How Nurses Can Report Sexual Harassment in California

Posted by Sessions & Kimball |

Sexual harassment in the workplace is a very real problem – especially in the nursing industry – that can have a lasting impact on those who experience it. It can take many forms, from unwelcome sexual advances and requests for sexual favors to other verbal or physical conduct of a sexual nature that is directed toward a person in the workplace. If you find yourself in this situation, it’s important to contact a professional to get the help you need and deserve. Contact us today to schedule a free consultation.

The Prevalence of Sexual Harassment in The Nursing Industry 

A recent study found that nearly half of all female nurses have experienced sexual harassment on the job. The vast majority of cases were perpetrated by patients (46.59%), followed by physicians (41.10%), patients’ family members (27.74%), other nurses (20%), and other coworkers (17.8%). Additionally, 39% of nurses say they have witnessed a colleague being harassed at work.

The study also found that those who experienced sexual harassment were more likely to develop mental health problems, including emotional distress (61.26%), psychological disturbance (51.79%), and social health problems (16%). This is a serious issue that needs to be addressed to create a safe and healthy workplace for all nurses.

Sexual Harassment by Patients

According to the study referenced above, patients are the most common perpetrator of sexual harassment towards nurses. This type of harassment from patients can include physical threats or violence, using pet names or racial slurs, making propositions, or exposing themselves. A poll by Medscape found that in addition to in-person harassment, 22% of nurses had a patient attempt inappropriate contact with them online.

Additionally, 71% of nurses reported being sexually harassed by a patient whereas only 47% of physicians reported the same.

Sexual Harassment by Staff

Unfortunately, nurses often face harassment from doctors or other staff members due to a power imbalance. Unprofessional and predatory behavior, such as inappropriate comments, unwanted touching, and subtle power play can cause fear and anxiety among nurses who then struggle to focus on providing quality patient care. 

This includes unwanted physical contact, inappropriate comments about physical appearance, sexist slurs or language, gestures or jokes of a sexual nature, pressure to engage in sexual activity, and other forms of intimidation or coercion. 

Nurses: How to Report Sexual Harassment in California

If you’re a nurse who has been sexually harassed at work, it’s important to know what steps you can take to protect yourself and seek justice. The following are potential remedies to those who have experienced sexual harassment on the job. 

Say No & Record the Incident 

The first step is to make sure you say “no” to any unwanted attention or advances. Make sure that your “no” is clear and unequivocal so there can be no misunderstanding about your feelings on the matter.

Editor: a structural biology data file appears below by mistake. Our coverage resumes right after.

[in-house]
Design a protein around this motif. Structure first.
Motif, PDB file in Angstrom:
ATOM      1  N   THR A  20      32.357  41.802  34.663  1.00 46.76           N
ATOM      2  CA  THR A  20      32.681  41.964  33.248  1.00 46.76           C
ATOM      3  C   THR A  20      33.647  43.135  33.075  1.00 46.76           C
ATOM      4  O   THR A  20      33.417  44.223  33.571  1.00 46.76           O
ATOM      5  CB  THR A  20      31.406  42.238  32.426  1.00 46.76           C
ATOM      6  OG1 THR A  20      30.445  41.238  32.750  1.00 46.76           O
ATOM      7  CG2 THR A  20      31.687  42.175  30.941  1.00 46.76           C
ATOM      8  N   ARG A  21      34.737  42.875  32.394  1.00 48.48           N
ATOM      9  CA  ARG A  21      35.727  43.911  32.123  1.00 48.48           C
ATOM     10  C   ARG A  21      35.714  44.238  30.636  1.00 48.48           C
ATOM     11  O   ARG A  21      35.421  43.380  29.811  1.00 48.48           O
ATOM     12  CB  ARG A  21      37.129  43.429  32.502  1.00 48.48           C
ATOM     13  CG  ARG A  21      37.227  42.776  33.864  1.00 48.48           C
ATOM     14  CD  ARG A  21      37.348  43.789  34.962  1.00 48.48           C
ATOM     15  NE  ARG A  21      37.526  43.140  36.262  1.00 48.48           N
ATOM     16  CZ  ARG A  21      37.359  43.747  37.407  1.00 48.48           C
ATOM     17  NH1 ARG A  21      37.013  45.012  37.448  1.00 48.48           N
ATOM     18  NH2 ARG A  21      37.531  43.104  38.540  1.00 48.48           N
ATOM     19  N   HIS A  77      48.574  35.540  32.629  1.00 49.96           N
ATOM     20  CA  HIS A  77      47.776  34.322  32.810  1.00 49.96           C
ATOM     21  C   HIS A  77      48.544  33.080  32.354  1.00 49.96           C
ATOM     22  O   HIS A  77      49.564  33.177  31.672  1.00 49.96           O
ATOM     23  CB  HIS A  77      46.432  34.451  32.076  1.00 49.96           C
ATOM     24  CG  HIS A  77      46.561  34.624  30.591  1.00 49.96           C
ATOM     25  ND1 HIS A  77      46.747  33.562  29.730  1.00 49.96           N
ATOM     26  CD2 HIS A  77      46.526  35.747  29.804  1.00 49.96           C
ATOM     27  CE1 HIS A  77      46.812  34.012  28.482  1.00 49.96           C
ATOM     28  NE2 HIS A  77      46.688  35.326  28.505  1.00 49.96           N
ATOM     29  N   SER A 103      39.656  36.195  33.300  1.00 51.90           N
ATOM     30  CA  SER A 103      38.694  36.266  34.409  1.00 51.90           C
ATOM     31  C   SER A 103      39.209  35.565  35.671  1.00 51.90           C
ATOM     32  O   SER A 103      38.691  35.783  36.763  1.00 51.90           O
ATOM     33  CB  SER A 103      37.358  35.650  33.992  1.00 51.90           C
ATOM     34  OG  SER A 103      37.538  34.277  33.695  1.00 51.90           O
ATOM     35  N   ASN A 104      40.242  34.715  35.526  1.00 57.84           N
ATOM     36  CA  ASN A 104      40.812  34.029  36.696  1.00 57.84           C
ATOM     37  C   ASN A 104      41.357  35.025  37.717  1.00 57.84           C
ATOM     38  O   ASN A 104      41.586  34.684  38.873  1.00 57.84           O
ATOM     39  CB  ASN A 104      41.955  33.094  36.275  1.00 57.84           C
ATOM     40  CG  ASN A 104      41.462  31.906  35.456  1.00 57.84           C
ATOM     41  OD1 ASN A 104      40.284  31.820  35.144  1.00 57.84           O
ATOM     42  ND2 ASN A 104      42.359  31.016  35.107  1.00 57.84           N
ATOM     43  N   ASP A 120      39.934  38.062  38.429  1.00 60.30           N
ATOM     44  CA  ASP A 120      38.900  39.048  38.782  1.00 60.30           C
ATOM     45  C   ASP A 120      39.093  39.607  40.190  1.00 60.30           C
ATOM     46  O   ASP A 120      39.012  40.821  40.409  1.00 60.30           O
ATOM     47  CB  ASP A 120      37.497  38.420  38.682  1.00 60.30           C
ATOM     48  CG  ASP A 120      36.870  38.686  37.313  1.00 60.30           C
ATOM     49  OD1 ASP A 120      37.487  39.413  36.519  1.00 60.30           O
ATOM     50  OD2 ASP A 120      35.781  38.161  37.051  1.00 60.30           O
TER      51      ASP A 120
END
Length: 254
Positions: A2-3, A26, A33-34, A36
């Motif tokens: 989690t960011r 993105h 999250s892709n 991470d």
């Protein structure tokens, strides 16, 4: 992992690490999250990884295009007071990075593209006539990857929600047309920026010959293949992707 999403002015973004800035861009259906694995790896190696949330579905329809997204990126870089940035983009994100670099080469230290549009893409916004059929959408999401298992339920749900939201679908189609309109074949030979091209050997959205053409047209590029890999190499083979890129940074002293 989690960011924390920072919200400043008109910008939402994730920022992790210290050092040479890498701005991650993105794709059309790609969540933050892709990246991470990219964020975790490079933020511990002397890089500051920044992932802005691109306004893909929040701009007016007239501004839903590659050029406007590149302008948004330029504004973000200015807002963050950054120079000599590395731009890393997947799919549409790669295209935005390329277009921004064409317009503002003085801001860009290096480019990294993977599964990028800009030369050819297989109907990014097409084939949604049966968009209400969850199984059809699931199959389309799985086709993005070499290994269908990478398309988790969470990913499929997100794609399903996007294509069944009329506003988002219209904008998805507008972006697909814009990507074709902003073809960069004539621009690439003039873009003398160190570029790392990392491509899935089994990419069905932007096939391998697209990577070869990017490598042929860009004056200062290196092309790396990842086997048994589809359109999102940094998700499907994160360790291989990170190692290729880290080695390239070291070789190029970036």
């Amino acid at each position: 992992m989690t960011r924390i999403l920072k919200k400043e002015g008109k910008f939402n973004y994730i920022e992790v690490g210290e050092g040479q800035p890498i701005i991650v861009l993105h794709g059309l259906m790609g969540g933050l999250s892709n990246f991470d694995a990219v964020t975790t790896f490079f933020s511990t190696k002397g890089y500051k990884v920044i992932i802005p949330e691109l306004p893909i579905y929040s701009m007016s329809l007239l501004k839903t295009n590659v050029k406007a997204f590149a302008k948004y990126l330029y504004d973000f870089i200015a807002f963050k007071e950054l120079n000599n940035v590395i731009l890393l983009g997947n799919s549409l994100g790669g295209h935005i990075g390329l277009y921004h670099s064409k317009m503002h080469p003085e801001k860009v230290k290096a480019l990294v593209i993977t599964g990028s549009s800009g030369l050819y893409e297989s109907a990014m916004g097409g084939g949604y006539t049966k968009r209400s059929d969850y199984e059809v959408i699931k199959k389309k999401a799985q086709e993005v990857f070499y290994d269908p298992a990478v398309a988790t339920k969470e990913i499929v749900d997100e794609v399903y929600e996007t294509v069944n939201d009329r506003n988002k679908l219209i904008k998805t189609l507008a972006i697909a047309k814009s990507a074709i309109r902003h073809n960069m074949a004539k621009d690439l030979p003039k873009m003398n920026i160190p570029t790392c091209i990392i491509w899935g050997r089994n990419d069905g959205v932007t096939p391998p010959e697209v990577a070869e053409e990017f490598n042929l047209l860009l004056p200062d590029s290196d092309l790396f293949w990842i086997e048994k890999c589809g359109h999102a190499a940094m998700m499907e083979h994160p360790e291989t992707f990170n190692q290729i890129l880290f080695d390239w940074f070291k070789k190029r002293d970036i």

Additionally, record the incident if possible—write down all details including times, dates, and descriptions of events as soon as possible after they occur. This information will be invaluable if you decide to pursue legal action against your harasser later on. 

Report & Find Out About Company Policies 

The next step is to report the incident to your employer right away. Your employer should have a policy in place that outlines how they handle sexual harassment allegations; make sure you familiarize yourself with this policy so you know your rights. 

In addition, make sure you document when and how you reported the incident along with any response from your employer. This documentation will also be useful if legal action is pursued later on. 

File Complaints & Consider Legal Action 

If reporting the incident does not result in repercussions for your harasser or an improved working environment, then it may be time to consider taking legal action against either your harasser or employer (depending on who is responsible). You can file complaints with government agencies such as The Equal Employment Opportunity Commission (EEOC) or The California Civil Rights Department (CRD).

The Civil Rights Division is responsible for reviewing any allegations of discrimination to determine whether an investigation is warranted. They conduct independent inquiries into the events in question, vetting the information and evidence presented by both parties involved. Whenever possible, they will explore civil remedies to peacefully resolve the dispute; however, if deemed necessary, they can pursue more stringent legal action.

If this doesn’t solve your issue, you may also be able to file a civil claim against your harasser and/or your employer. If you need help, contact our Orange County sexual harassment lawyers today to schedule a free consultation.